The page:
Money: Give to charity and the taxman tops it up

Schemes that add to donations may rouse us to make them, writes Faith Glasgow

You've probably seen Eddie Izzard on TV promoting Gift Aid 2000, the Government's campaign to boost education and anti-poverty work in the world's 80 poorest countries. The ads are aimed at the 18 to 34s: not a group known for their generosity to charity.

Under the Gift Aid 2000 scheme the Inland Revenue will boost individual donations of pounds 100 or more by adding basic-rate tax relief (plus a bit extra). So every pounds 100 you give is worth pounds 130 when it gets to the charity. And for those who don't have spare cash lying around, you can give from pounds 5 a month upwards and still qualify for the tax break.

The voluntary sector certainly needs a boost. Research from its umbrella organisation, the National Council for Voluntary Organisations (NCVO), published in January, indicates that nearly 90 per cent of those questioned considered it important to give both time and money to charity. But fewer than half had got as far as putting their hands in their pockets, and only 10 per cent had made any time commitment in the previous month.

These findings are set against an already depressing backdrop of falling financial support. Individual donations to charity have dropped by almost a third in the last five years. But the message is not all gloom. The research showed that 45 per cent of respondents in social classes A and B would give more to charity if the tax system added to their donation.

The Gift Aid 2000 scheme is one way to make your donations go further, and there are several tax-effective schemes already in existence, including setting up a deed of covenant, Payroll Giving, (the original) Gift Aid and the CharityCard.

Another recent step in the right direction is NatWest's Community Bond, available to investors with between pounds 500 and pounds 250,000 to tuck away. As far as the individual is concerned, it operates much like a fixed-rate savings bond with terms of either one or three years; but you choose an interest rate below the market rate and are paid at that lower level. The difference between the two rates is paid into a regional "community finance fund", where it is used to provide loans at near-market rates for charities and community groups.

It's a useful way of supporting a locality - but investors have no control over how the money will be allocated. And if interest rates continue to fall, the amount you give could be eroded as the market rate creeps nearer your chosen rate.

If you want to support in a focused way, it makes more sense to keep investment and giving separate. Make your money work harder for you in a conventional investment and then use your everyday bank account to target your giving through one of the routes below.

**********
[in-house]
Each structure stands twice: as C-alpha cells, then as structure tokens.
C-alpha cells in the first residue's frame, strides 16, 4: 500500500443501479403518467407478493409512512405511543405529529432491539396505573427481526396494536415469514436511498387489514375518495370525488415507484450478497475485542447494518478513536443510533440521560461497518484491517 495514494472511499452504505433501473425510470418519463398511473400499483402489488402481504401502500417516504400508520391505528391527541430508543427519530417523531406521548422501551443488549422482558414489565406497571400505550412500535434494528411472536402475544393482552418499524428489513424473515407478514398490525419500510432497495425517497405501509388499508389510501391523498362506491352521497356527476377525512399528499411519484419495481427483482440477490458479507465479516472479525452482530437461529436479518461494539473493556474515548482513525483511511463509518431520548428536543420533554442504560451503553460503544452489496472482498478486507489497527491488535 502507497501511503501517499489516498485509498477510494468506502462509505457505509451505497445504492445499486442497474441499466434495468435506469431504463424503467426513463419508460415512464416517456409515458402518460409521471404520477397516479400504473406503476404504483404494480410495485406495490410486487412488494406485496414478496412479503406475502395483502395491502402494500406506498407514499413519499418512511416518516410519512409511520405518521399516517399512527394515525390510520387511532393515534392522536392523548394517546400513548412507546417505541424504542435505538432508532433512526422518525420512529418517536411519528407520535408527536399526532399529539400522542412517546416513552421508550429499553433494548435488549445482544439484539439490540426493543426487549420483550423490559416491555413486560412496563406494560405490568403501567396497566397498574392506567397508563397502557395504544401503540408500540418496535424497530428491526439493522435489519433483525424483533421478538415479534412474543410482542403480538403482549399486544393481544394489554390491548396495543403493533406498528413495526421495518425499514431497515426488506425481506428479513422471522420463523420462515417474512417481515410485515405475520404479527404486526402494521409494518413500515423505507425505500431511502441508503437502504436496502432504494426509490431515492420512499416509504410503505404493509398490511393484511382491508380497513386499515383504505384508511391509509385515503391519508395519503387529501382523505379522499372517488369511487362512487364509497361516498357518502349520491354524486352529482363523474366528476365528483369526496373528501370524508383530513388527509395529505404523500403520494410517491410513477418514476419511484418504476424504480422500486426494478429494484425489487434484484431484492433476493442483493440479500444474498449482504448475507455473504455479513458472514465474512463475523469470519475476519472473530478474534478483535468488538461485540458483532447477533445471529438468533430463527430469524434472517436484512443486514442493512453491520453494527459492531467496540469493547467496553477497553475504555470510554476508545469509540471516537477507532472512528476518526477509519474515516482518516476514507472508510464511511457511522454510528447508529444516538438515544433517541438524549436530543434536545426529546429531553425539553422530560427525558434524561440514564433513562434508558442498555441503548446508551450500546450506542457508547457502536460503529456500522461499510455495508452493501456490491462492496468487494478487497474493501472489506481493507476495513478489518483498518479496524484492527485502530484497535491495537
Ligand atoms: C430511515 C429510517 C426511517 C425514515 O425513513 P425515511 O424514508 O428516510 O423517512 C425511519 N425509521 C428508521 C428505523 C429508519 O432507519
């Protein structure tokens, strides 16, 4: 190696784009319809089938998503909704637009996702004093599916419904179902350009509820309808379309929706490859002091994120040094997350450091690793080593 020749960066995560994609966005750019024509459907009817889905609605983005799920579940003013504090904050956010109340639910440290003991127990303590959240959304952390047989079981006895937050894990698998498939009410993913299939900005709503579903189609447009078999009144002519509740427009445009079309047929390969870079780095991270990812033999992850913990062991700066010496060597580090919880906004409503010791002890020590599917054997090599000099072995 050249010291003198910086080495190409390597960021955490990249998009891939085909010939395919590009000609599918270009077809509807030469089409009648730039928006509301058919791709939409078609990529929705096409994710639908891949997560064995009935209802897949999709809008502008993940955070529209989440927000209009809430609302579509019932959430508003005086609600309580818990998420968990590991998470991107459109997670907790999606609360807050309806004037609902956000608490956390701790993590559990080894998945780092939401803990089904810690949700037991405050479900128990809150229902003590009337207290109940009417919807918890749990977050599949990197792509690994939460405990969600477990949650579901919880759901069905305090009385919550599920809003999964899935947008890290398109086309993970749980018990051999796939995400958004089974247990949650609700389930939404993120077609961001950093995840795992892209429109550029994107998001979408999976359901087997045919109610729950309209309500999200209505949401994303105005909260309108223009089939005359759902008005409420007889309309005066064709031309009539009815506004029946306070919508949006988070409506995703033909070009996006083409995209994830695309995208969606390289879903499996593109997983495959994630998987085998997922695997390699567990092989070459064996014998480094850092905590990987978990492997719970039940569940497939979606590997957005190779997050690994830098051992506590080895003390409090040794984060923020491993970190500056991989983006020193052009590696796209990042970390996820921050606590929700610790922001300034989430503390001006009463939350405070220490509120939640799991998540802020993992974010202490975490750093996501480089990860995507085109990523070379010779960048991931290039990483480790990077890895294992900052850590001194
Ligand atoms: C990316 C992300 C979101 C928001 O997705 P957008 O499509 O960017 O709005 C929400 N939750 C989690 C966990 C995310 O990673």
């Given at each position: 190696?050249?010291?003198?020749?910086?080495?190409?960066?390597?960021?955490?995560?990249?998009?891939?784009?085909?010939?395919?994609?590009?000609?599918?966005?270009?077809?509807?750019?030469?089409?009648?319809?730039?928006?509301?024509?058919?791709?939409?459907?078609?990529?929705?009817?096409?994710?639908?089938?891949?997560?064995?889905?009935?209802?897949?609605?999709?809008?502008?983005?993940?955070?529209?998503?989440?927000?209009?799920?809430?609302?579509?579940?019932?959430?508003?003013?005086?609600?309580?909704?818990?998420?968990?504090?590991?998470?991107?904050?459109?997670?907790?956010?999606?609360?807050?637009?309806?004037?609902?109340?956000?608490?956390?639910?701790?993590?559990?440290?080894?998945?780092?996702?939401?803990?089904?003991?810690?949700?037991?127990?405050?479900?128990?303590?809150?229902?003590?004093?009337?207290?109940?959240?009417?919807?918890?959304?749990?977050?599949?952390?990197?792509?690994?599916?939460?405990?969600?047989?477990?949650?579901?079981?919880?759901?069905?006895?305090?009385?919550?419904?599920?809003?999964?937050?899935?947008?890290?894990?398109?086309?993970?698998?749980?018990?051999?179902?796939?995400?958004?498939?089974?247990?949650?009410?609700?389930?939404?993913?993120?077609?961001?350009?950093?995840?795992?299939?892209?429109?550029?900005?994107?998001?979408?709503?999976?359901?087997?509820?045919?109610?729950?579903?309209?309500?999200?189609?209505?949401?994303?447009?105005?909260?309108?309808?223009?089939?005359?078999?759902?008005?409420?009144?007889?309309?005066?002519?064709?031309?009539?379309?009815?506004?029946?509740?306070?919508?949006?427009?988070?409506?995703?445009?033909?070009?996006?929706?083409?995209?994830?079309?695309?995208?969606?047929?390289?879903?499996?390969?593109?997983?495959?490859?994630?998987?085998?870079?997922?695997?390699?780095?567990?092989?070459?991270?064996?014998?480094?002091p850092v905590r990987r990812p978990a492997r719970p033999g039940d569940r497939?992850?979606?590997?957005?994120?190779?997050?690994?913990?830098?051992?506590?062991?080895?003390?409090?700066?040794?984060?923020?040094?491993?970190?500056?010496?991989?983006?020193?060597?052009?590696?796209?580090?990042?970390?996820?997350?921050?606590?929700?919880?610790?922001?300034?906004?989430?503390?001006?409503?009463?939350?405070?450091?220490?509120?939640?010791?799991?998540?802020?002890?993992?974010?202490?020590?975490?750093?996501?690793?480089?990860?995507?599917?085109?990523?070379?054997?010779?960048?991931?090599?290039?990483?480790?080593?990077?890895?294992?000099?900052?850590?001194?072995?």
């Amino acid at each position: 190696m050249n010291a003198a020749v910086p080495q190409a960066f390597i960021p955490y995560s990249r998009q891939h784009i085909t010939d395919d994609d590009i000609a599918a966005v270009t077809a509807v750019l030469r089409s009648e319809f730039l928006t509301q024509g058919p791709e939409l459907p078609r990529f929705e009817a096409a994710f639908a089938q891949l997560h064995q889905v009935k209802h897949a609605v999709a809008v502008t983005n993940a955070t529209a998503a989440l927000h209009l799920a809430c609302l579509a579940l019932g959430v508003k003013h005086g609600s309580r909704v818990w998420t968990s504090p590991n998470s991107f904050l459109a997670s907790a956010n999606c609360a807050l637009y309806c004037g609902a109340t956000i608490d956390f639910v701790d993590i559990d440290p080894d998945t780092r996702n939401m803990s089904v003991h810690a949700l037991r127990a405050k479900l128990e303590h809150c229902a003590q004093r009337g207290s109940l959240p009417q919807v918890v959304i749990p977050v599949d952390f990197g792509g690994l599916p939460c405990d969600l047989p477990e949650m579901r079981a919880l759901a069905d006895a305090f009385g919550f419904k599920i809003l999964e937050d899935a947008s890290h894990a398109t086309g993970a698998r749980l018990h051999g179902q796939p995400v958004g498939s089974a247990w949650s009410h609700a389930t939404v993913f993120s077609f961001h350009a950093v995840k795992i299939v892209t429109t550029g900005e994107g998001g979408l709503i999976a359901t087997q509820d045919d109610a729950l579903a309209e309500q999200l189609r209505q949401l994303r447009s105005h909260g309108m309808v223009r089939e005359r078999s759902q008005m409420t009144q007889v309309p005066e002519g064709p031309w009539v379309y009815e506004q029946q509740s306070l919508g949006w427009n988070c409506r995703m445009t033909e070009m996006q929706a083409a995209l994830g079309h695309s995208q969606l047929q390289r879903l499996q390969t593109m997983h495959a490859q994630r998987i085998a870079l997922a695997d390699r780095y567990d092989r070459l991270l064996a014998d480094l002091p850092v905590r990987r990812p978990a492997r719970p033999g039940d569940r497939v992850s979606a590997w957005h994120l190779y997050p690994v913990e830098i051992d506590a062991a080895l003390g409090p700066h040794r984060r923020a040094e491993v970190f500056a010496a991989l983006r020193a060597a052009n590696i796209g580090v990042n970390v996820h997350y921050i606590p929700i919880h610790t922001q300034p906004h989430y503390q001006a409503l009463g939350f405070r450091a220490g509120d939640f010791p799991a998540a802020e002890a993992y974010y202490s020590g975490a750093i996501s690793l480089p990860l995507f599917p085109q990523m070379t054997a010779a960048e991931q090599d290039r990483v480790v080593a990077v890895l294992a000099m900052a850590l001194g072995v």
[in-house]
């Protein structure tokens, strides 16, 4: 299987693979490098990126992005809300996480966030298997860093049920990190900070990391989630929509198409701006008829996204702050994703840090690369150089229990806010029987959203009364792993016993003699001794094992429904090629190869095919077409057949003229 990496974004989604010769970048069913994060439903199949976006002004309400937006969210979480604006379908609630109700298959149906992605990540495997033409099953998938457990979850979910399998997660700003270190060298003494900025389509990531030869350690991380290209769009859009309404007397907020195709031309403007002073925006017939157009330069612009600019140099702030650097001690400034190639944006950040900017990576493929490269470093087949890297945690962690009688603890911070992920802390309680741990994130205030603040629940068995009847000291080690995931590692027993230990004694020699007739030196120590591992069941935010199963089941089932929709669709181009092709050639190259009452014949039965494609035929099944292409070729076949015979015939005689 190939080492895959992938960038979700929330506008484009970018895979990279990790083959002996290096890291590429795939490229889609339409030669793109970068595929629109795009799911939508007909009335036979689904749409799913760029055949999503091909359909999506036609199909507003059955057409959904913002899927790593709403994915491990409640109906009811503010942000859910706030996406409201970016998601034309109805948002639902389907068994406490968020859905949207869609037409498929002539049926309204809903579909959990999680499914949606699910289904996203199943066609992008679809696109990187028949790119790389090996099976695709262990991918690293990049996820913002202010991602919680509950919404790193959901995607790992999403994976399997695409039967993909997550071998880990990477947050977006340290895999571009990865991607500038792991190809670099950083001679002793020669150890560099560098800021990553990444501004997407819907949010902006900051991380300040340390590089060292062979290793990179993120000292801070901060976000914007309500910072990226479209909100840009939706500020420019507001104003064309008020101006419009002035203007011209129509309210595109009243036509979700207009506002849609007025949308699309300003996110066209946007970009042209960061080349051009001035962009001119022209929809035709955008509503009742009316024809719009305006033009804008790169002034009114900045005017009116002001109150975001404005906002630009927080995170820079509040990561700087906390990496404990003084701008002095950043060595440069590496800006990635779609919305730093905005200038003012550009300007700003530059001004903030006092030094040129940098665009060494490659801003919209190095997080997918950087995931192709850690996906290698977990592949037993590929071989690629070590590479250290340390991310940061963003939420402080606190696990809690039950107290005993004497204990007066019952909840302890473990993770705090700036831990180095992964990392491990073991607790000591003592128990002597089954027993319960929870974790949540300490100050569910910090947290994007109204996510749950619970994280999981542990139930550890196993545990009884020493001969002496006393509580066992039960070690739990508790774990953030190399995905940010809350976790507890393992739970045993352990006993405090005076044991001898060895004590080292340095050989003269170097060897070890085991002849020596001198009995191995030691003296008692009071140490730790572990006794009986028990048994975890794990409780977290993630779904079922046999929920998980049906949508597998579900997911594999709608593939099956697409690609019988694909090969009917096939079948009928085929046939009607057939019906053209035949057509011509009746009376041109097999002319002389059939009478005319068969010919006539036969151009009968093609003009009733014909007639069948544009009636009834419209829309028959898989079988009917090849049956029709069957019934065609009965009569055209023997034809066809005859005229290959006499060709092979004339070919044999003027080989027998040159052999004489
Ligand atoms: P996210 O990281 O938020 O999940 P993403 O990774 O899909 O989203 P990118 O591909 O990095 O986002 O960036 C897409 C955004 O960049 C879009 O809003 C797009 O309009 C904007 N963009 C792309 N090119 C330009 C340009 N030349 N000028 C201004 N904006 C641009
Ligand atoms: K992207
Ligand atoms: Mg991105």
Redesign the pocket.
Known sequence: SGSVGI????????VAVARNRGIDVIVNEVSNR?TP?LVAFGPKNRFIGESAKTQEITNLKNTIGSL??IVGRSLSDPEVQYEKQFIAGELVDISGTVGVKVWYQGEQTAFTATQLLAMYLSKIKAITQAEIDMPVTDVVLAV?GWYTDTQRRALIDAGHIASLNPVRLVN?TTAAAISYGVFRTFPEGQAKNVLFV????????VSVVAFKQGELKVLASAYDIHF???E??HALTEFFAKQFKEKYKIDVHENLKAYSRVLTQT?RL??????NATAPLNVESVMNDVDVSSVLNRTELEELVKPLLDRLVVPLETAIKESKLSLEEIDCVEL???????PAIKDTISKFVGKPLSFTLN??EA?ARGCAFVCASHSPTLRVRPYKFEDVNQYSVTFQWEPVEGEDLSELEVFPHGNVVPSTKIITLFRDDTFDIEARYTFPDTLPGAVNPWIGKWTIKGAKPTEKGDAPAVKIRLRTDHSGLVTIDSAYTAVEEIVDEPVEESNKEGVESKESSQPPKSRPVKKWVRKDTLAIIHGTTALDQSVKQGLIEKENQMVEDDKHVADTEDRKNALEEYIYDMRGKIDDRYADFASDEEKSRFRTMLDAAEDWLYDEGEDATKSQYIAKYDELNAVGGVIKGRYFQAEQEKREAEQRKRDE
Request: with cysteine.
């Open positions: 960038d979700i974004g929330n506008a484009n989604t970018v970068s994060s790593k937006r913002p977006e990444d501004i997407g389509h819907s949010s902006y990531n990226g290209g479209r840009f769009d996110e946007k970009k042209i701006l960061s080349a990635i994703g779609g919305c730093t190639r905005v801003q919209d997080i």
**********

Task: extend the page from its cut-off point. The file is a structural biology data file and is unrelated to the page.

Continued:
n The CharityCard, administered by the Charities Aid Foundation, is an extremely flexible way of giving to different causes. It's a simple idea: you open an account and put the amount you want to give to charity in it, then the CAF reclaims the tax you've paid on that sum and adds it to the pot. So if you put in pounds 100, for example, CAF will pay in another pounds 23 from the Government. With the account comes your CharityCard and "cheque book", which you can then use to write cheques or make payments by phone or on the CharityCard website whenever you want to make a donation. The scheme gives you complete control over how much and when you give, and to whom, which is especially valuable if you have diverse interests.

n Payroll Giving is an optional programme operated by employers. Participating employees give up to pounds 100 per month, which is deducted from their pay before tax, and passed to their chosen good causes via an agency charity. The Budget included plans to do away with the pounds 1,200 annual ceiling and for the Government to make an additional 10 per cent contribution to each donation for a limited period.

n If your employer doesn't offer the Payroll Giving option, your choice is dictated largely by whether you are prepared to sign up to a minimum of four years' support for one charity through a deed of covenant. A covenant has the great advantage to the charity of being a regular source of income, but it amounts to a long-standing commitment from you. It is a legally binding arrangement, which enables you to get tax relief on your gift. The charity can then reclaim this from the Inland Revenue. So if you want to give, say, pounds 100 to Oxfam, you make a covenant to it for pounds 77 and the Revenue will pay Oxfam the pounds 23 difference.

n A less committed route is the Gift Aid programme and its spin-off, Millennium Gift Aid. At the moment Gift Aid only enables charities to reclaim tax on one-off gifts to any UK charity of more than pounds 250. But the idea is to open it up to match Gift Aid 2000 once that project ends in 2001. Gift Aid will then be open for gifts of pounds 100 upwards, and will accommodate "drip feeding" payments over the year that total at least pounds 100.

n Contacts: Gift Aid 2000, 0845 075 2000 or www.gift- aid@2000.org.uk; Inland Revenue Covenant Helpline, 0151-472 6037; Inland Revenue Gift Aid Helpline, 0151-472 6038. To give under Gift Aid ask the charity for form R190(SD). CharityCard, 01732 520050 or www.charitycard.org/

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